Nations that are considering nuclear energy must grapple with its high capital costs and Fukushima-scale risk. An energy-policy riptide along the English Channel shows how unpredictable the calculations can be: Both France and the United Kingdom have scrapped fundamental planks in their energy policies, with one ramping up and the other dialing down.
In the U.K., where Margaret Thatcher set off a global movement by deregulating the power industry, the current prime minister is offering subsidies to attract financing for new nuclear reactors. Across the water, France, which staked its economic future on nuclear power a generation ago, is now planning that technology’s decline. These policy shifts have been in the works since 2012, but they are coming to a head as both governments put the finishing touches on sweeping energy-reform legislation.
A coalition composed of Socialists and the staunchly antinuclear Greens vows to scale back France’s reliance on nuclear power from more than three-quarters of electricity at present to roughly one-half by 2025, delivering on a 2012 election promise made by President François Hollande. Legislation to be introduced early in 2014 could include a new nuclear electricity tax, which would help subsidize an accelerated transition toward renewables. A third-generation reactor under construction in Normandy since 2007 could be the country’s last.
The British government plans to sustain or even enhance nuclear’s role, which was 19 percent of generation in 2012, by proffering taxpayer dollars. Its plan is to inspire construction of a new generation of reactors—enough to provide up to 16 gigawatts of new generation by 2025—by guaranteeing a base price for the electricity. If market pricing falls below that threshold, a government-backed “contract for difference” would make up the shortfall.
There is another layer of irony in the cross-Channel nuclear-policy split: France, which plans to tax nuclear generation, is pushing the U.K. to subsidize it. State-owned utility Électricité de France (EDF) wants to build two 1600-megawatt reactors at Hinkley Point on England’s southwest coast, where two 1970s-era reactors could shut down as early as 2023. But EDF insists that without the contract-for-difference guarantee, U.K. power prices, as well as carbon credits that the plant would earn, are too low and uncertain to justify the £16 billion (US $26 billion) investment.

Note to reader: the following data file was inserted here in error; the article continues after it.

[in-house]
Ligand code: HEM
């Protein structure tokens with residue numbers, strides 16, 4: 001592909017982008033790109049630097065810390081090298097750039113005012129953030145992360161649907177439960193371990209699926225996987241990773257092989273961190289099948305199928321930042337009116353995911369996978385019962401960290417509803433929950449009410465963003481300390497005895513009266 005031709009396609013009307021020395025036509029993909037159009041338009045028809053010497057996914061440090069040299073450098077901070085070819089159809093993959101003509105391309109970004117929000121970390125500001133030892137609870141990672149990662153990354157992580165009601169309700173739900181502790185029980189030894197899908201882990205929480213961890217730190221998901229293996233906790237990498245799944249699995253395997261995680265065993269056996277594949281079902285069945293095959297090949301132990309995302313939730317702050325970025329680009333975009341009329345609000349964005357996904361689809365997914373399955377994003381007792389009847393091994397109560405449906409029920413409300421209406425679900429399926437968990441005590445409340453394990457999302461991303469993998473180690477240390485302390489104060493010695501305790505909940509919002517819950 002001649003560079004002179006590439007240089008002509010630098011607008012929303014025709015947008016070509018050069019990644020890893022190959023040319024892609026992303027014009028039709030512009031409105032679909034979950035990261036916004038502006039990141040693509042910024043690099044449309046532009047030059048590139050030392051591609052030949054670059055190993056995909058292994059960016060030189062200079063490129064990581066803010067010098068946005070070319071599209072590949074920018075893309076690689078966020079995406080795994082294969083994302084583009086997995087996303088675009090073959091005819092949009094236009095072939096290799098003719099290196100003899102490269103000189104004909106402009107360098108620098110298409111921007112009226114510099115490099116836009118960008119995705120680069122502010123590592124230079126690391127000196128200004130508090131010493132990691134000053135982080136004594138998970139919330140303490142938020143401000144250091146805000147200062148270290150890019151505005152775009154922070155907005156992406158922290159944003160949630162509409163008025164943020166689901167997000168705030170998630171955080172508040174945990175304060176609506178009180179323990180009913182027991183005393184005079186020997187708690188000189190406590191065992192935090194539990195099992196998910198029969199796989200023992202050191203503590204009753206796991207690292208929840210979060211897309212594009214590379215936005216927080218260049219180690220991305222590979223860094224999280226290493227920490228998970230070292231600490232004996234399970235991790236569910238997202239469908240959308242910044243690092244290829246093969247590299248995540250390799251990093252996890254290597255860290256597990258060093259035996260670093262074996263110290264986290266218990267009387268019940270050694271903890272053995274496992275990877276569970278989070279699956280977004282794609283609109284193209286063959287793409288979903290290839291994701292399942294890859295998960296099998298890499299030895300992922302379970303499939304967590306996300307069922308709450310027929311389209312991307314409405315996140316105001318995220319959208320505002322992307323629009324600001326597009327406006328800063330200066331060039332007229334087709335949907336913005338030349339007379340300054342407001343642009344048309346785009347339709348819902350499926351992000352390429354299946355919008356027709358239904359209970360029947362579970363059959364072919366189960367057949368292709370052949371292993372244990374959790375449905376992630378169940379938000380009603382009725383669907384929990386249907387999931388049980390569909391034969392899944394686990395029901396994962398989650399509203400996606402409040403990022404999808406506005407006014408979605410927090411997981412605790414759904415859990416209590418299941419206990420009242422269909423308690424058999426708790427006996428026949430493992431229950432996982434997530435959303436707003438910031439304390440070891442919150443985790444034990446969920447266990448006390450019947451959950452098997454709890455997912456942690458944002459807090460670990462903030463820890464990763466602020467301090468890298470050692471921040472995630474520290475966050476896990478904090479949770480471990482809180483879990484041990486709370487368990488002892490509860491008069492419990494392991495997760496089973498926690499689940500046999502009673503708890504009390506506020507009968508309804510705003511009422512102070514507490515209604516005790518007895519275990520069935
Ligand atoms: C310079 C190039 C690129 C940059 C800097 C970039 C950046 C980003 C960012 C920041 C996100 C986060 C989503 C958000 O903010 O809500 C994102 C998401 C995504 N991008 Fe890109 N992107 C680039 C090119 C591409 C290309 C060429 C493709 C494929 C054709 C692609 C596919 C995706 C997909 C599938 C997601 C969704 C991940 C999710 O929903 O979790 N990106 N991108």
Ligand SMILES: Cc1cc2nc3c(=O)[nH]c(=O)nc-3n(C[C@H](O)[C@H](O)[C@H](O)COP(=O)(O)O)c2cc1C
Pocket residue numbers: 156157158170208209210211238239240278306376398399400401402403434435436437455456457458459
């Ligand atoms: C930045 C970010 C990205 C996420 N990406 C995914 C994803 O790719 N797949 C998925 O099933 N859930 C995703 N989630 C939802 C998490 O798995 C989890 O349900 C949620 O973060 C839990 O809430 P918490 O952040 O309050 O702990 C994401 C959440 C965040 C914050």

In October, British prime minister David Cameron’s government clinched a deal to guarantee EDF approximately £93 ($150) per every megawatt-hour generated at Hinkley Point. That is more than double the average price paid to U.K. generators in 2012, and more than 50 percent higher than the projected price of offshore wind power in 2020, according to the London-based market analyst ICIS.
In the U.K., subsidies for nuclear energy are politically unpopular, but building new nuclear power plants generally garners broad support. New plants would help meet ambitious greenhouse-gas reduction goals that call for a near decarbonization of the electricity system by 2030. The U.K. has made no headway toward capturing carbon dioxide emissions from its fossil-fuel-fired power plants, and offshore wind farms are growing too slowly to help. If aging nuclear plants such as those at Hinkley Point are not renewed, the task becomes that much harder. “What’s needed is reliable base-load zero-carbon energy,” says Bryony Worthington, shadow minister for energy and climate change in the House of Lords for the opposition Labour Party.
The U.K. government must apply to the European Commission for an exemption to allow its contract-for-difference policy, because European open-market rules limit state aid only to renewable generators. That will be a long road, says Dörte Fouquet, who heads the Brussels office of German law firm Becker Buettner Held and represents the European Renewable Energies Federation. The U.K. will have to show that the subsidy does not have anticompetitive effects. In Finland, for instance, new nuclear generation has saturated the power market and dramatically slowed investment in renewable energy. “This is a huge amount of megawatts being put into a market. If you massively support nuclear, renewables don’t have a chance,” says Fouquet.
Fouquet predicts that legal challenges against the U.K. subsidy from competing generators will take years to resolve, denying investors such as EDF the certainty they need to start building. So in the end, the British and French may go their separate ways on nuclear policy, but their reliance on nuclear power may yet fade away in harmony.
This article originally appeared in print as "The British and French Swap Nuclear Energy Postures."
Contributing Editor Peter Fairley has been tracking energy technologies and their environmental implications globally for two decades, charting the engineering and policy innovations that are turning renewable energies and electric vehicles into mainstream competitors. He is especially interested in the power grid and power market redesigns required to phase out reliance on fossil fuels.